Making your bullet journal colorful sounds like a job for markers. I bust out every Sharpie I own when I make my new pages and come up with a different color scheme and font design for each month. However, Sharpies bleed through my pages, and they can overlap the designs you make on back-to-back pages. So, I would stick with colored pencils, markers that don't bleed through, or buy a journal with very thick paper to avoid this messy look.
Bullet Journal Design Tutorial
9. Leave Room for Extra Tasks Each Week
Sometimes there are tasks that you want to do on a particular week, but you’re not sure what day you’re going to do them yet. I started to write these tasks down in the header of my weekly page and cross them off as if they were completed throughout the week.
However, I started to devote the extra space on the second page of my weekly schedule (where usually just Friday, Saturday, and Sunday tasks would go) to a space beneath Sunday as an “Other” section. I can then move them up into a particular day as I plot out the week or just “x” them out as they are completed in that section.
10. Don’t Carry It Around With You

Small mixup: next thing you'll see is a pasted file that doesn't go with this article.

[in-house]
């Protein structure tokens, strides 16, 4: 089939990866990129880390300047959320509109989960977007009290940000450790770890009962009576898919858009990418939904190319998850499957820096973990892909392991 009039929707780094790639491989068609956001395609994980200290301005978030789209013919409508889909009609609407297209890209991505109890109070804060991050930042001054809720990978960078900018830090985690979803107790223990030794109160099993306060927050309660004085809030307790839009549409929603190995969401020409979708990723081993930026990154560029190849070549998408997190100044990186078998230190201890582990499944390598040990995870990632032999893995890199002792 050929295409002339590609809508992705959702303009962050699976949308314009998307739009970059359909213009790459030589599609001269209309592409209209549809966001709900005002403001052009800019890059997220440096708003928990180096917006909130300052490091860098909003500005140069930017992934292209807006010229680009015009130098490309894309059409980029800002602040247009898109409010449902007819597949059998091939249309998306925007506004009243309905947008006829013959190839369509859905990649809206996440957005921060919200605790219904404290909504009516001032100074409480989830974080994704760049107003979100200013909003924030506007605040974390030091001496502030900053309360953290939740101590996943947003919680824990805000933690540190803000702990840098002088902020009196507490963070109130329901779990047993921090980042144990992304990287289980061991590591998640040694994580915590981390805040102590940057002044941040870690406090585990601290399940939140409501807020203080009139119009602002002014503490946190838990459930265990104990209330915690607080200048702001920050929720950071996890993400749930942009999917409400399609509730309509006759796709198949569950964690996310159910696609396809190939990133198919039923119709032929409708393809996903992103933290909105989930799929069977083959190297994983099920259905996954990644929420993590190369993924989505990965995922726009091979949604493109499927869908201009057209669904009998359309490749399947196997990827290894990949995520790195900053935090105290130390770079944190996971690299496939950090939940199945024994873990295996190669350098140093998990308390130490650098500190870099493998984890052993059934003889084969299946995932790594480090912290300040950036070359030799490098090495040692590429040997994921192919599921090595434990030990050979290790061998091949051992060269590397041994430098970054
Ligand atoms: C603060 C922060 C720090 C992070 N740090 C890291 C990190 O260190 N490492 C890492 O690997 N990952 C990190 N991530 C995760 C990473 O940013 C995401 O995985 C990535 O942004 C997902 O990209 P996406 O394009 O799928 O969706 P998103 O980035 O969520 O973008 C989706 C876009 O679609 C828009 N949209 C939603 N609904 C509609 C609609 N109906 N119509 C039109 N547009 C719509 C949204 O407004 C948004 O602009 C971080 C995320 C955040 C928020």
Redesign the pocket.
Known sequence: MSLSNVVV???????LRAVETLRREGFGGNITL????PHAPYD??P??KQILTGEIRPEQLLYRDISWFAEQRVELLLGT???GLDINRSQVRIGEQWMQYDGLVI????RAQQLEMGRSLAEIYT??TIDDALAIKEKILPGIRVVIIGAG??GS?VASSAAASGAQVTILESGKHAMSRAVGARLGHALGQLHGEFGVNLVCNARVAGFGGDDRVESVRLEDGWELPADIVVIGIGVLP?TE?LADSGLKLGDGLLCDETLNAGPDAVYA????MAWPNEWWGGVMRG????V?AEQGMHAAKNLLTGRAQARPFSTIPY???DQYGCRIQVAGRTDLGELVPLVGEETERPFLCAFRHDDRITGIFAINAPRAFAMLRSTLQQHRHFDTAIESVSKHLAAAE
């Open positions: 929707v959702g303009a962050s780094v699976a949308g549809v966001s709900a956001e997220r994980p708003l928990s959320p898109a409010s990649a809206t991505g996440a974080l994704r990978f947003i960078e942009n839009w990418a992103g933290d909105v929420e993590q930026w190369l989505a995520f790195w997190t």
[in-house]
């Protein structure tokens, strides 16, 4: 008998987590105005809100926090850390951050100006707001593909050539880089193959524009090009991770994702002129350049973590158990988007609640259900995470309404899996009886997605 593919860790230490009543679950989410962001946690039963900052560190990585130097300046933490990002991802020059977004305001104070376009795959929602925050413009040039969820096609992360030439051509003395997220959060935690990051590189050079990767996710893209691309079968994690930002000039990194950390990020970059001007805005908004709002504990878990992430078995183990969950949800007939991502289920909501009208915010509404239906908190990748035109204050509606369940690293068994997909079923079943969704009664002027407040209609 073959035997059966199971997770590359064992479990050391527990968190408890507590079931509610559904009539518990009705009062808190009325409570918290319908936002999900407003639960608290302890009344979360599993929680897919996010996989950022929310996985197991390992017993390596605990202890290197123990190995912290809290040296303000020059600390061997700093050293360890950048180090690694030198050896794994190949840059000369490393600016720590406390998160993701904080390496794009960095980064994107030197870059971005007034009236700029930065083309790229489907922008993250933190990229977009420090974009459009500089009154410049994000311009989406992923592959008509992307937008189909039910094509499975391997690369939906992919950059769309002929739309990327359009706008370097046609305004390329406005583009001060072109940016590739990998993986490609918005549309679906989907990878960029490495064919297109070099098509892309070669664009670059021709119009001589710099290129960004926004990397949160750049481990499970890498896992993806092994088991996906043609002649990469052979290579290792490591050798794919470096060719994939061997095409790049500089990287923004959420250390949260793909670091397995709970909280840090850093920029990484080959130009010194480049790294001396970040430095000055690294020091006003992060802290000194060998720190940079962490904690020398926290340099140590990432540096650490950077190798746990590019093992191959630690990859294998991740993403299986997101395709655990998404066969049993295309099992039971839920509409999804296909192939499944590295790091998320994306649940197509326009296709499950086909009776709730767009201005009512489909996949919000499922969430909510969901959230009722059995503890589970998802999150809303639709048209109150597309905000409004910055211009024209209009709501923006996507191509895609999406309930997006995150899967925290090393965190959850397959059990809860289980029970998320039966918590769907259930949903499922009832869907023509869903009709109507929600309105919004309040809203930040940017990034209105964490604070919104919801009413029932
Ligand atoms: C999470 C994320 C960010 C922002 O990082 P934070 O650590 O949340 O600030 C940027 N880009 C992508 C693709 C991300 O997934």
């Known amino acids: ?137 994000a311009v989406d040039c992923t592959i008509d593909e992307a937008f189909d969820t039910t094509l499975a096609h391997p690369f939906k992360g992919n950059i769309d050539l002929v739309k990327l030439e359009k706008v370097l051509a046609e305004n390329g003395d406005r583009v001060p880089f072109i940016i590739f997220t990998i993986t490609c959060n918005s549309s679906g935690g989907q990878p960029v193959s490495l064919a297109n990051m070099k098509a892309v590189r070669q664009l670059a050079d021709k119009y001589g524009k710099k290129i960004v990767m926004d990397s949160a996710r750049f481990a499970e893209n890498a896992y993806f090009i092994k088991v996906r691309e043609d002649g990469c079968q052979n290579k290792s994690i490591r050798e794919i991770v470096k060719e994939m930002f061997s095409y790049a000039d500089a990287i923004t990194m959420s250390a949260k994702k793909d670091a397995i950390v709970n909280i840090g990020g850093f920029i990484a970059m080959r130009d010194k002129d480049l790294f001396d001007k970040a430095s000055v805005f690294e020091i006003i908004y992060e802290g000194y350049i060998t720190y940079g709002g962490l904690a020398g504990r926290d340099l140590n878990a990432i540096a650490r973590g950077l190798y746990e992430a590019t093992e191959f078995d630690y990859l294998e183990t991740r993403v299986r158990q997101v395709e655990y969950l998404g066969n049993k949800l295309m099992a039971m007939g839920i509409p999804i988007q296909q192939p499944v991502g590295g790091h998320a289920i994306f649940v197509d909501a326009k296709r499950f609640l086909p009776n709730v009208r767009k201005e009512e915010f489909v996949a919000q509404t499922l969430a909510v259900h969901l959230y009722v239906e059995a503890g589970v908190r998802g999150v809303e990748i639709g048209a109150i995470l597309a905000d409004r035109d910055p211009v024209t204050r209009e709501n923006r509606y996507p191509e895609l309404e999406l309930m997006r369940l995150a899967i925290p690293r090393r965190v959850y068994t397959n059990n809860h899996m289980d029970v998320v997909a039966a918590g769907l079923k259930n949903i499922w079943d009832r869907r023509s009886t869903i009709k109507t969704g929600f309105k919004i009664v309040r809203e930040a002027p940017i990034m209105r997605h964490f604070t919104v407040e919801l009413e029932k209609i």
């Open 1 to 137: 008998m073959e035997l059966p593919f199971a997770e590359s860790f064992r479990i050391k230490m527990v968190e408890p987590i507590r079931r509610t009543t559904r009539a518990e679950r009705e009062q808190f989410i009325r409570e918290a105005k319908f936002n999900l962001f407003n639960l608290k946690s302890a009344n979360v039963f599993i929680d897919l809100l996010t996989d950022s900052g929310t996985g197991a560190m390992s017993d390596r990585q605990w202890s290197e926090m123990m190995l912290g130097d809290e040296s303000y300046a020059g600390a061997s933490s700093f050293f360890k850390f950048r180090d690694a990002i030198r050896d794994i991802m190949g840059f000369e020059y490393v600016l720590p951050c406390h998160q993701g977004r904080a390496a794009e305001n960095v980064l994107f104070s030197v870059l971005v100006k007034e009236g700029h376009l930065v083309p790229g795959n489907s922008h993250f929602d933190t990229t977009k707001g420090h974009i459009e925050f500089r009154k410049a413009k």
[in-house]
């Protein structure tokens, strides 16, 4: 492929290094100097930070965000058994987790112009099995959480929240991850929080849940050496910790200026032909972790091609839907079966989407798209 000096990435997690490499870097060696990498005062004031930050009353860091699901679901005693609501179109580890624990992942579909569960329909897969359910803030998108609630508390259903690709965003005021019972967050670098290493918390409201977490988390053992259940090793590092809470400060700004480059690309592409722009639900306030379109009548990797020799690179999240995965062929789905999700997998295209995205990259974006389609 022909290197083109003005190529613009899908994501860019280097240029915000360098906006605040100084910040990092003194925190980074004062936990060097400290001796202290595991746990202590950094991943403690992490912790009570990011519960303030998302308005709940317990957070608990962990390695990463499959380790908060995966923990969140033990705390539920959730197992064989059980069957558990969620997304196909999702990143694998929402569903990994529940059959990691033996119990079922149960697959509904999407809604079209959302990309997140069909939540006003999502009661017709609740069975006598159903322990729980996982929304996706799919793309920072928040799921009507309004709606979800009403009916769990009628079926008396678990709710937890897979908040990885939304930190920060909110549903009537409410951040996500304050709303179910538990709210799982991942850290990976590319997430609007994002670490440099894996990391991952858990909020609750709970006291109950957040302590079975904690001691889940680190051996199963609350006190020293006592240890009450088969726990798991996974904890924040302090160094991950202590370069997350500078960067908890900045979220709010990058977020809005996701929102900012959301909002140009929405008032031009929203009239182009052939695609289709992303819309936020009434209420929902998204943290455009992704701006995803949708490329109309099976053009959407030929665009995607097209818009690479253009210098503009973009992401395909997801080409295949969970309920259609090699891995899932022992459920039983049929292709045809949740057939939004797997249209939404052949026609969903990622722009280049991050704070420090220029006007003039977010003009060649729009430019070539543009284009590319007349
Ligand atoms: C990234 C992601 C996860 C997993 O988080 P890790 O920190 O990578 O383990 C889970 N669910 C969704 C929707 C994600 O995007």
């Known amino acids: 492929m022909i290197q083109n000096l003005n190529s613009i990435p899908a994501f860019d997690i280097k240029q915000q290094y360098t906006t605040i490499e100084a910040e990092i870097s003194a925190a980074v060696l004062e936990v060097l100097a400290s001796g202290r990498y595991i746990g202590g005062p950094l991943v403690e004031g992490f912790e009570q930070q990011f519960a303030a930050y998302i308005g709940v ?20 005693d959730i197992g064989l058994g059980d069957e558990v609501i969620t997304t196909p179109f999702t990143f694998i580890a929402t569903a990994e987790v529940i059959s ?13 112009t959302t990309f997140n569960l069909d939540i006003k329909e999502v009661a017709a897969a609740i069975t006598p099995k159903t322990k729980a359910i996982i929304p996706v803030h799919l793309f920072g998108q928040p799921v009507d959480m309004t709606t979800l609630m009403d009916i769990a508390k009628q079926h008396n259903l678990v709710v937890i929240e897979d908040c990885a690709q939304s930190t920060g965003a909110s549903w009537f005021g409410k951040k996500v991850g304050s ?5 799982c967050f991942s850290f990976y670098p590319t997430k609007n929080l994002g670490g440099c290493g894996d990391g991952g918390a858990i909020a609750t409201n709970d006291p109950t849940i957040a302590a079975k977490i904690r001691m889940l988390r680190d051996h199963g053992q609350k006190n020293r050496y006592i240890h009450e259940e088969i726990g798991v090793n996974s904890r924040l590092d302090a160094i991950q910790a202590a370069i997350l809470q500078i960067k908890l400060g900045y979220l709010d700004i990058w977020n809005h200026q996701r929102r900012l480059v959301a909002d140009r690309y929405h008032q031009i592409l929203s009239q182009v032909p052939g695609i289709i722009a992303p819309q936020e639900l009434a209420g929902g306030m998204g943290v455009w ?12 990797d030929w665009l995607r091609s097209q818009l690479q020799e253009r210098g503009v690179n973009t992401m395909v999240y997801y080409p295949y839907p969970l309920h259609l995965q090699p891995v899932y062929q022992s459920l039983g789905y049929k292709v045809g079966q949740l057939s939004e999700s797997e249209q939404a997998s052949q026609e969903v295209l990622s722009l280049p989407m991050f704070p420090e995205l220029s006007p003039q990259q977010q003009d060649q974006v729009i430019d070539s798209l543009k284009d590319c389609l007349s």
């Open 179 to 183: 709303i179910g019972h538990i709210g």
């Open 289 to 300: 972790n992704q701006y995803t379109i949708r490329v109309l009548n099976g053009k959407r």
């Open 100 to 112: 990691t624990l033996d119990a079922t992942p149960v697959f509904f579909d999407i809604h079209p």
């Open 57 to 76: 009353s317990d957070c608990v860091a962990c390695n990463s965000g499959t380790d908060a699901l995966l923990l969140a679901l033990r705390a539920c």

Now, this seems to defeat the purpose of keeping a bullet journal, but there are already so many things that we carry around with us all the time: phones, purses, wallets, etc. I prefer to leave my journal in my bedroom, and whenever I want to add or subtract to it, I go to the journal. If I’m not home, I scribble it down on a piece of paper and take it home to pencil into my journal later.
Even though I mainly use it as a planner and am not writing private thoughts into my bullet journal like some people do (which is encouraged in most tutorials), I take the title of “journal” very seriously and feel that it is not something that I should carry around with me. Keeping it in one place maintains its condition and makes for one less thing to carry around.
Do you own a bullet journal? Share your tips and tricks below!
Questions & Answers
Question: Do you, the writer of this article, use brush pens in your bullet journal?
Answer: I do but not in my bullet journal.
Dina AH from United States on May 04, 2018:
I have been incorporating my bullet journal since August of last year and it really is a game changer. For me, I use it to track my productivity as someone with a mood disorder. It helps me a lot when I discuss my progress with doctors. But, I also like it as a release for anxiety and as a way to reflect on my days. I'd love to hear (read?) more about your favorite pages, ways you personalize your journal, and what insights you have gathered through the journal!